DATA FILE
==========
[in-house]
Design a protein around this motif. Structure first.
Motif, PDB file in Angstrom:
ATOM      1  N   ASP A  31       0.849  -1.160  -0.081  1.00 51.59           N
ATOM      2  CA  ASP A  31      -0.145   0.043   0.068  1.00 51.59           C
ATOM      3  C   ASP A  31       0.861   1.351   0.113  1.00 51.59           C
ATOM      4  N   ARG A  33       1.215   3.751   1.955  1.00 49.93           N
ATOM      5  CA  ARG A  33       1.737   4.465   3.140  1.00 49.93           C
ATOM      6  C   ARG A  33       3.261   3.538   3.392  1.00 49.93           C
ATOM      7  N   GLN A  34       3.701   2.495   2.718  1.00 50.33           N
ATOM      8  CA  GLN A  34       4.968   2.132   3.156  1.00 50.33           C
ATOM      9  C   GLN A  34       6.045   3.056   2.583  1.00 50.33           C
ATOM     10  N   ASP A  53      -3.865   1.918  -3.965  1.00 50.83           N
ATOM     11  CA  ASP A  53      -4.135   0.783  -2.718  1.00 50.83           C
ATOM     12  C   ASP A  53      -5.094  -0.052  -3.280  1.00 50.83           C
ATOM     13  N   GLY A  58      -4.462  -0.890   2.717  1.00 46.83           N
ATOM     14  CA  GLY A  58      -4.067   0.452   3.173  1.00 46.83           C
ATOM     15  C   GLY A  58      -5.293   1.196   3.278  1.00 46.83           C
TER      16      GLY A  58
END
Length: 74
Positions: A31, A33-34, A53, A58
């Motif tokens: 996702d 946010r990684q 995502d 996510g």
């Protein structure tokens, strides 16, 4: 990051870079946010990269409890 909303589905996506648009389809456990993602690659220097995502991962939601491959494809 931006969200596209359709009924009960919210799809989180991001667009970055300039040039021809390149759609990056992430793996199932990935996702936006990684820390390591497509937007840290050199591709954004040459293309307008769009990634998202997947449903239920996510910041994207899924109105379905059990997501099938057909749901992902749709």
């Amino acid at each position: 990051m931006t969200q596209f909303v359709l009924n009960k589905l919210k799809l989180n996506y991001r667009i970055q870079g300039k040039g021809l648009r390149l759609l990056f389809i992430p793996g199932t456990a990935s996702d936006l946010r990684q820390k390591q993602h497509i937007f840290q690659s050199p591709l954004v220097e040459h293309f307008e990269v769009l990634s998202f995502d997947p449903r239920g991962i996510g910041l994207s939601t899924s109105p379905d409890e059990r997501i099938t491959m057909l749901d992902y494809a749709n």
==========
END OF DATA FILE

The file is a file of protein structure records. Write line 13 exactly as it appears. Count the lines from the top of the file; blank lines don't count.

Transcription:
ATOM     10  N   ASP A  53      -3.865   1.918  -3.965  1.00 50.83           N